Russia, today’s captain of industry is tomorrow’s rogue oligarch. Even sponsoring the next head of the FSB is
not enough to protect one tycoon.
Instead, it makes him a liability.
An agent specializing in sensitive assignments will target the shadowy money
man through an attractive employee, leading to all sorts of complications in
Eric Rochant’s Möbius (trailer here), which screens at
this year’s Tribeca Film Festival.
Lioubov commands an FSB team pretending to be a Monaco police task force,
attempting to turn Alice Redmund, a brilliant trader for with a scandalous
past. Redmund works for Ivan Rostovski’s
multi-national firm, but she also secretly reports to an American handler. Realizing the Russians are putting a play on
Rostovski, the CIA instructs Redmund to play along with the task force she
still assumes are local cops.
Lioubov accidentally picks up Redmund to protect his cover[s], it compromises
them both. Suddenly, Redmund is hiding
their burgeoning affair from the jealous Rostovski while Moïse, as Lioubov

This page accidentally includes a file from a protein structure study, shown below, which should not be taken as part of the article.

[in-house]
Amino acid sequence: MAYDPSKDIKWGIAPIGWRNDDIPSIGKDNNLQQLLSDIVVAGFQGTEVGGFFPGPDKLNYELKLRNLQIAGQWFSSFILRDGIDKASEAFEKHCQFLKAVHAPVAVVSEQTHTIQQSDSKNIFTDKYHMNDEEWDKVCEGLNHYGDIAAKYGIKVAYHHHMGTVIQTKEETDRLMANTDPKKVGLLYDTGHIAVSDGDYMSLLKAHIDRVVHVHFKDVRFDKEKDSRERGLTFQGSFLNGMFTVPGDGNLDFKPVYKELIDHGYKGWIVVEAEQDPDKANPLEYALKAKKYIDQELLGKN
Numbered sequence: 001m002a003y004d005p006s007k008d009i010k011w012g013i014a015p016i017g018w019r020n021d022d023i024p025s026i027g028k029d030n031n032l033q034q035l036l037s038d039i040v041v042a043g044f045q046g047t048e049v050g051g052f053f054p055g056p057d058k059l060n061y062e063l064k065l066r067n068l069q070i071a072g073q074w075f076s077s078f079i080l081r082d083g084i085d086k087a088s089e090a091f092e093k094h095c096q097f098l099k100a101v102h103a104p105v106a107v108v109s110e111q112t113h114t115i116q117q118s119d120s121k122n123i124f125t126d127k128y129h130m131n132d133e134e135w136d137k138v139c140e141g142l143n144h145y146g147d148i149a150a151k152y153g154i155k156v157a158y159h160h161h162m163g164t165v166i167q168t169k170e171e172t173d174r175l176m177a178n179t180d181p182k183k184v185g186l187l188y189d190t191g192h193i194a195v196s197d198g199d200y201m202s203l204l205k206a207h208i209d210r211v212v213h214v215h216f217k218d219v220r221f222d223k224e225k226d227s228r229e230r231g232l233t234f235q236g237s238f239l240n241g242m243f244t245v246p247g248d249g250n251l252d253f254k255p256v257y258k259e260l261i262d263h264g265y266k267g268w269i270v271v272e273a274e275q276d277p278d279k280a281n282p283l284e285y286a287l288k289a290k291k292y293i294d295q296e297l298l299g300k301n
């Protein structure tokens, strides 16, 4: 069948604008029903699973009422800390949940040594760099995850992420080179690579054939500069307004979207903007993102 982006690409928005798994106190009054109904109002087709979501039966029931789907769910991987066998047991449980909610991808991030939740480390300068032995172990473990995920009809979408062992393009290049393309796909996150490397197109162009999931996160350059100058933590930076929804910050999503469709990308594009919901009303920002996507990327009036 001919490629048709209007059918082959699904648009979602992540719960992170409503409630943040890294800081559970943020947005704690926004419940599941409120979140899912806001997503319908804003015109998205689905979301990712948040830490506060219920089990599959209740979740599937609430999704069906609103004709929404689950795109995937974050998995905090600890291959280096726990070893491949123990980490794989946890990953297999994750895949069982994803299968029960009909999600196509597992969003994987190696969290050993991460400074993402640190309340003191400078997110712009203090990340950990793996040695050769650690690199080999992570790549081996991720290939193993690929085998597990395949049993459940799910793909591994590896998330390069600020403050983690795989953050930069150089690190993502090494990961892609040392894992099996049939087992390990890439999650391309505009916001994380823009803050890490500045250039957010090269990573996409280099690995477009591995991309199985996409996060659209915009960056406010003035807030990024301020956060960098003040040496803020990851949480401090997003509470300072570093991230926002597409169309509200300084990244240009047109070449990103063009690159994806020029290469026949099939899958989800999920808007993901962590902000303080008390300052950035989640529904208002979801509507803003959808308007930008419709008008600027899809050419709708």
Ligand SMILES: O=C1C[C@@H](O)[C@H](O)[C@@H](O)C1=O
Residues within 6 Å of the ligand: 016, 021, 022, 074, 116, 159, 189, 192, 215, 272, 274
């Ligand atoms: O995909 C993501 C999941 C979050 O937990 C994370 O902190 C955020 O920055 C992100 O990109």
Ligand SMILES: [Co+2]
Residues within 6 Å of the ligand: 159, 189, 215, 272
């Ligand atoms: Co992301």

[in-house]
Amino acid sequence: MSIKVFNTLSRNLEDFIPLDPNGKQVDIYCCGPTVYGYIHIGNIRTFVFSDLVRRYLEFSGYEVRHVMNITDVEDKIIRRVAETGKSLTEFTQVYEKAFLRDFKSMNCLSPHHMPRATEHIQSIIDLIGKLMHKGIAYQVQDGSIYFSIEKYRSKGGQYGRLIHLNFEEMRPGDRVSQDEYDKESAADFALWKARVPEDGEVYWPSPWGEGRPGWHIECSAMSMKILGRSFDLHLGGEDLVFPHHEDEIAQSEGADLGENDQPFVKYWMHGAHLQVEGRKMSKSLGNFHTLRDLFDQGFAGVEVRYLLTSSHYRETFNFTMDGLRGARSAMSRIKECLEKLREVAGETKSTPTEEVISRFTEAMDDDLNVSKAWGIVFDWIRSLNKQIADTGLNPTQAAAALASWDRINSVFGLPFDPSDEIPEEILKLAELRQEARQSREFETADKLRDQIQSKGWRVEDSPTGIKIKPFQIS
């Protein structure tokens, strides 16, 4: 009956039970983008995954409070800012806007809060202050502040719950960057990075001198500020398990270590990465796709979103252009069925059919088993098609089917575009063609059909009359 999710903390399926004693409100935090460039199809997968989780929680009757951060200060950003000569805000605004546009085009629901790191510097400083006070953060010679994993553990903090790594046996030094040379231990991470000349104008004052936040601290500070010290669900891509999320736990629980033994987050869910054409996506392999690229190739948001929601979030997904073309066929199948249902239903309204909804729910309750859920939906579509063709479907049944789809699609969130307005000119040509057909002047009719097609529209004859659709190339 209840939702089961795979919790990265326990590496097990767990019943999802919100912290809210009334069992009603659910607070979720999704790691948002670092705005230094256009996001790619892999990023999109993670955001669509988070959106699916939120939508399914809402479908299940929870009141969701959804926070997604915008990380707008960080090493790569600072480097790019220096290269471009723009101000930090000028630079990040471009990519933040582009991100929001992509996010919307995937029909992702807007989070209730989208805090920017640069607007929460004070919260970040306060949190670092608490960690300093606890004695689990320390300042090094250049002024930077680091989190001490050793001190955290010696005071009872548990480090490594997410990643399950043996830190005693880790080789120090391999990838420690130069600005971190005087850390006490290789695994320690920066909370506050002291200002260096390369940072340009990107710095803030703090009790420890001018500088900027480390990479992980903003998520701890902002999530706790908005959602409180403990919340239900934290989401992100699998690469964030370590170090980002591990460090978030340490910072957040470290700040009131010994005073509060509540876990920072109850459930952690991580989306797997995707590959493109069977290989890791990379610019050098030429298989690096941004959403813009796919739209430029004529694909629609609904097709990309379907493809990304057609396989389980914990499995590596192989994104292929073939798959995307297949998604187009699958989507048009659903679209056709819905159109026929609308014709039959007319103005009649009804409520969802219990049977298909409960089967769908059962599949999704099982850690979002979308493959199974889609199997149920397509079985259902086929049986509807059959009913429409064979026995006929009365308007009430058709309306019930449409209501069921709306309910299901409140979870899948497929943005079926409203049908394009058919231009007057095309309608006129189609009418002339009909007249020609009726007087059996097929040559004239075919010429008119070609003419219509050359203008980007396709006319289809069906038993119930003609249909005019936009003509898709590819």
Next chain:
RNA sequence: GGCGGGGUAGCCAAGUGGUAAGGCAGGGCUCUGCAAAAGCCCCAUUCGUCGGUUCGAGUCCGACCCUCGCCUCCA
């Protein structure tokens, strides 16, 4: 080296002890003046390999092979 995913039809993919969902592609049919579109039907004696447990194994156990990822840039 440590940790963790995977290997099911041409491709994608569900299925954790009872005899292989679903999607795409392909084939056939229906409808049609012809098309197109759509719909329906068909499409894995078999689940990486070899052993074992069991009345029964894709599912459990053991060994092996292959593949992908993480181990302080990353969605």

calls himself, scrambles to keep his incompetent subordinates in the dark. Then things really get tricky.
Möbius is pretty steamy
stuff by espionage movie standards. These
spies definitely come in out of the cold.
As Lioubov (or whoever) and Redmund, co-leads Jean Dujardin and Cécile
de France have real chemistry and are not afraid to go all in. However, the rest of the cloak-and-daggering
is not bad either. While there seems to
be a bit of an anti-American bias, at least it is rather muddled. The FSB on the other hand is clearly
portrayed as a nest of vipers indistinguishable from its previous incarnation
as the dreaded KGB.
a change-up from his Oscar winning turn in The Artist, Dujardin brings a dark, brooding physicality to Lioubov. De France is a respectable femme
fatale-anti-heroine, but Tim Roth nearly steals the show as the erratic British
Rochant nicely juggles all the feints and
double-crosses as the film alternates between romanticism and cynicism. Cinematographer Pierre Novion gives it all a
stylish noir polish that should satisfy genre fans. Recommended for patrons of French cinema and cerebral
spy thrillers, Möbius screens again
tomorrow (4/27) and Sunday as part of this year’s Tribeca Film Festival.
Labels: French Cinema, Jean Dujardin, Spy dramas, Tim Roth, Tribeca '13